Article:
Israeli Jets Kicking Ass And Taking Names
Israeli jets attacked a Palestinian militant group's training base in southern Lebanon early Wednesday, hours after an Israeli border town was hit by rocket fire, the military said. The strike against the Popular Front for the Liberation of Palestine-General Command was Israel's deepest inside Lebanon since June 2004.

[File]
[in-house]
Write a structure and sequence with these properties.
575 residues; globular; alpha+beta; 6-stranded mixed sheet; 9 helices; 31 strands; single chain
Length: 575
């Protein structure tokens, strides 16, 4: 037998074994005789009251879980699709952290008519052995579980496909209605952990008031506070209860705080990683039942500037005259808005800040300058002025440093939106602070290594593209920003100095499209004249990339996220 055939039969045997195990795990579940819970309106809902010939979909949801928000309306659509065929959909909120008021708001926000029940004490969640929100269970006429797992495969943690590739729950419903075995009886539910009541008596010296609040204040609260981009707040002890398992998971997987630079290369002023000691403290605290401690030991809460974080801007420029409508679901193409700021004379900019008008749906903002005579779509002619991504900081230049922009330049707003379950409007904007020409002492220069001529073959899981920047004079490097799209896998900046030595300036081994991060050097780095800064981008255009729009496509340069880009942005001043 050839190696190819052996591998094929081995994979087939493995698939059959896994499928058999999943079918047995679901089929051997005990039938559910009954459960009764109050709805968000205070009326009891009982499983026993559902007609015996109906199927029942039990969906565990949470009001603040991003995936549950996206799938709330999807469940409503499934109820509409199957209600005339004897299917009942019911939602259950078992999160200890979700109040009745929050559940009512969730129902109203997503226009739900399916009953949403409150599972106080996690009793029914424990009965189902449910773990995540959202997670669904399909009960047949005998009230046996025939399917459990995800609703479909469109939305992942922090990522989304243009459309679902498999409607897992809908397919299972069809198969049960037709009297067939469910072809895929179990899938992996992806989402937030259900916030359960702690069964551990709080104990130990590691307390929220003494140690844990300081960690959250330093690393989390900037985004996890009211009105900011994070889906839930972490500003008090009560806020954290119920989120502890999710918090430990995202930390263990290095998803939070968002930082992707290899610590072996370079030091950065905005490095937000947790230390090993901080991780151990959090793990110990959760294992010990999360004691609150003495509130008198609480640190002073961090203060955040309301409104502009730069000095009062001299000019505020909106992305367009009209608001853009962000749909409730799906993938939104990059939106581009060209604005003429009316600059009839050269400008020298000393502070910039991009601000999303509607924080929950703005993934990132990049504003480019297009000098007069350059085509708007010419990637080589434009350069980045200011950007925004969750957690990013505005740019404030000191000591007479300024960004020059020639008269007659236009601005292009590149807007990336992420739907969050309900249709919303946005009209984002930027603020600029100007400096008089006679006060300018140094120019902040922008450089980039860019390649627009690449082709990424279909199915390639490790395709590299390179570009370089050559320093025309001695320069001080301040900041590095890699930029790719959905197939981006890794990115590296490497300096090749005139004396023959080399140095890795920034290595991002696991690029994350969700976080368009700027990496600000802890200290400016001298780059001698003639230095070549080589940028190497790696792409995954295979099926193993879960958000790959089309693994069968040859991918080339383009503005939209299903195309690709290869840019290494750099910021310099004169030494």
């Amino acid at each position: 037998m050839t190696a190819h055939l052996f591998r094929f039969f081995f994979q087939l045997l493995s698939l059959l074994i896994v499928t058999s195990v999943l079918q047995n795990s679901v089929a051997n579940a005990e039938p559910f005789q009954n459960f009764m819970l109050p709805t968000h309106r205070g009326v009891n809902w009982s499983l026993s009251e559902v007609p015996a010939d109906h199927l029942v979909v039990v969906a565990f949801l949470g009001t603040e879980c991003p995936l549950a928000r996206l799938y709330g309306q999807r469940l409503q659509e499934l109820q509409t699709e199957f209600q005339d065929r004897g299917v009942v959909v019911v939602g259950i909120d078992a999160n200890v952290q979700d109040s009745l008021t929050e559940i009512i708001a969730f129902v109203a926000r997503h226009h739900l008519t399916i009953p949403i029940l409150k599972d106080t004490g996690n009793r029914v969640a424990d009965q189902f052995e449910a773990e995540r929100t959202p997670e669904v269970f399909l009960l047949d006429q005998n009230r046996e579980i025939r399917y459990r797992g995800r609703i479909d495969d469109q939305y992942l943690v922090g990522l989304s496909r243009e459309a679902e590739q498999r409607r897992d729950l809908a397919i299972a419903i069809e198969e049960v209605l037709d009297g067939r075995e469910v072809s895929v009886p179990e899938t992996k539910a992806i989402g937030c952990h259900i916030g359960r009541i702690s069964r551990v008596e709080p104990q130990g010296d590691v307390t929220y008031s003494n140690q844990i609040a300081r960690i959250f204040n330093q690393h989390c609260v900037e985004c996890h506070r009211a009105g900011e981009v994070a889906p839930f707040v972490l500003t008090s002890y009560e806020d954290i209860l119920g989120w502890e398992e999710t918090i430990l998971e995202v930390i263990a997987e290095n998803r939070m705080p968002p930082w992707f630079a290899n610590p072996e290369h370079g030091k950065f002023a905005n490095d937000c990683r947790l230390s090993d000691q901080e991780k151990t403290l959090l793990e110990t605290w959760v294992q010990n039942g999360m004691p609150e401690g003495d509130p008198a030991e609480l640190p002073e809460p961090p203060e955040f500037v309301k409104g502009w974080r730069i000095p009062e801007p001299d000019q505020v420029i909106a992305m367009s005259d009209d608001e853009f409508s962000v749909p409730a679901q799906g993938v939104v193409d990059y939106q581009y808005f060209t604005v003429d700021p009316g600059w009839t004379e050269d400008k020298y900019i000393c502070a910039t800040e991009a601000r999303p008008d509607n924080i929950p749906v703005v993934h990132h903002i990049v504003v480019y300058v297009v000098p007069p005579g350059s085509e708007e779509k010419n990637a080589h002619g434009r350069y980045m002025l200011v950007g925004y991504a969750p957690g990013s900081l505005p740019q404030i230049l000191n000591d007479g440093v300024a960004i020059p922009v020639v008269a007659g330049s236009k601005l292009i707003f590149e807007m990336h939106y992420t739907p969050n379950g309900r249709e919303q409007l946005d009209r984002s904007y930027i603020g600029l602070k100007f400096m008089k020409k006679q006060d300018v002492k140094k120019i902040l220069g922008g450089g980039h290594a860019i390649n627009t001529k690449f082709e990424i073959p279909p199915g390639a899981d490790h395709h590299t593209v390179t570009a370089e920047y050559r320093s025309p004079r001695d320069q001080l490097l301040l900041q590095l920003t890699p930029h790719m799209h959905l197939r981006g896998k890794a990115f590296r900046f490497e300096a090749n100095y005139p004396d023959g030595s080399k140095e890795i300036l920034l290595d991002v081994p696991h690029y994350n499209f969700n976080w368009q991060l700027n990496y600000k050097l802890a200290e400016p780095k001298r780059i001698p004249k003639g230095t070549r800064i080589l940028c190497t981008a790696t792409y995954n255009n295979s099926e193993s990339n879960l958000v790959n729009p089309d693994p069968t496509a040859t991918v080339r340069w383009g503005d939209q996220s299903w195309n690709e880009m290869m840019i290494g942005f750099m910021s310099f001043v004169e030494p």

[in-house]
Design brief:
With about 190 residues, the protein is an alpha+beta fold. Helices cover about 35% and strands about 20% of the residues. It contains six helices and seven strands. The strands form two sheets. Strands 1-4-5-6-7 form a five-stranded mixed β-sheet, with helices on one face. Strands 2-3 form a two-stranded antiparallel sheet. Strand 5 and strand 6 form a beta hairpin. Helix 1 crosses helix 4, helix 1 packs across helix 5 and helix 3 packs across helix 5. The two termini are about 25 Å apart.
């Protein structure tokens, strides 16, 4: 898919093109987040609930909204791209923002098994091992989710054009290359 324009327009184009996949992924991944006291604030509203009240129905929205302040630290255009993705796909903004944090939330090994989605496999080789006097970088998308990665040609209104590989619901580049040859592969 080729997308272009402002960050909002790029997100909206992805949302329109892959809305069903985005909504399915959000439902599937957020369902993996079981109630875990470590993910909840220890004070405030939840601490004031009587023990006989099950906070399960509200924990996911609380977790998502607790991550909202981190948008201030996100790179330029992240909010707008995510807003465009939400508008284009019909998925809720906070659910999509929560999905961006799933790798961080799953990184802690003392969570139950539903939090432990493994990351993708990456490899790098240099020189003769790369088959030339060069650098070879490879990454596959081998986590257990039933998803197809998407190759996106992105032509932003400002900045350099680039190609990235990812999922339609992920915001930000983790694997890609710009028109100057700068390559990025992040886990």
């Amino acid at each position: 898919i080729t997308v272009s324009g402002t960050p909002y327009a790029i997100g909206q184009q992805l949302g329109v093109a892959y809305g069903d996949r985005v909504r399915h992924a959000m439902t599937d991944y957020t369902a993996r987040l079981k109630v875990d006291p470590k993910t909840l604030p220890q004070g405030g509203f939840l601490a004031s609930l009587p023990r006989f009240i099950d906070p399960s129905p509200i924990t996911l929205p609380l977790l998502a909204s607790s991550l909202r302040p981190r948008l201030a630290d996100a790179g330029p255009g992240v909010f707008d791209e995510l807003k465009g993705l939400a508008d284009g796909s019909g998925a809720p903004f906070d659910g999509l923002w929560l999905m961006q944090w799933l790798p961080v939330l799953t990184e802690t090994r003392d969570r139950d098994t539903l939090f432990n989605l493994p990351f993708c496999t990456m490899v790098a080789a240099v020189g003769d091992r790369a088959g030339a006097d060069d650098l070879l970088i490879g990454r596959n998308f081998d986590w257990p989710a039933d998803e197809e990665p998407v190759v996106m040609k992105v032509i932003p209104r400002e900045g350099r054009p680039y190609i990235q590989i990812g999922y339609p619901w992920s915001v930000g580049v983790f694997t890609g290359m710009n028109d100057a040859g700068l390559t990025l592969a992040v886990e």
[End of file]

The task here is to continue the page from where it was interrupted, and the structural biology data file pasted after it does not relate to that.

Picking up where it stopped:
Lebanese witnesses reported hearing explosions as warplanes roared over the guerrilla base of the Syrian-backed group, which has been waging a decades long fight against the Jewish state. "This is in response to the firing of projectile rockets last night toward Israeli communities," the Israeli military said. It said it views such attacks with "extreme severity" and holds Lebanon responsible. There was no word on casualties or damage in the raid, which came after three rockets landed in a residential area of Kiryat Shemona. The army said the rockets damaged some property but caused no injuries. Lebanon's Hezbollah militant group and the mainstream Fatah Palestinian faction denied involvement in rocket attack. In Wednesday's raid, the witnesses said two explosions were heard as the planes struck at the group's base, a maze of concrete fortified tunnels built inside a hill five miles south of Beirut. Two missiles were fired at the attackers. Lebanese troops at a checkpoint confirmed an air raid and sealed off the area, preventing journalists from approaching. Israeli warplanes struck the same base in June 2004 to retaliate for a rocket attack on an Israeli naval boat. The raid came a month after Israeli jets attacked a command post of the Hezbollah guerrilla group in south Lebanon, responding to Hezbollah rocket and mortar attacks that wounded 11 Israeli soldiers and damaged a house in a border community. Israel withdrew from an occupied enclave in southern Lebanon in 2000. While fighting in the area has dropped since then, the border remains tense and Hezbollah frequently targets Israeli troops in the disputed Chebaa Farms area. Lebanon and Syria say Chebaa Farms is Lebanese territory, but U.N. cartographers who surveyed the border after the Israeli withdrawal said it belongs to that part of Syria which Israel has occupied since the 1967 Arab-Israeli war. Israel says it will discuss control of the area only in future peace talks with Syria. The PFLP-GC's commander is headquartered in Syria but the group maintains military bases in Lebanon, where it is accused of taking orders from Syria in support of its policies in Lebanon. The PFLP-GC has carried out some high-profile attacks against Israel since it was formed in 1968: It hijacked one Israeli airliner, machine-gunned another at Zurich's airport, and then blew up a Tel Aviv-bound Swissair plane, killing all 47 aboard.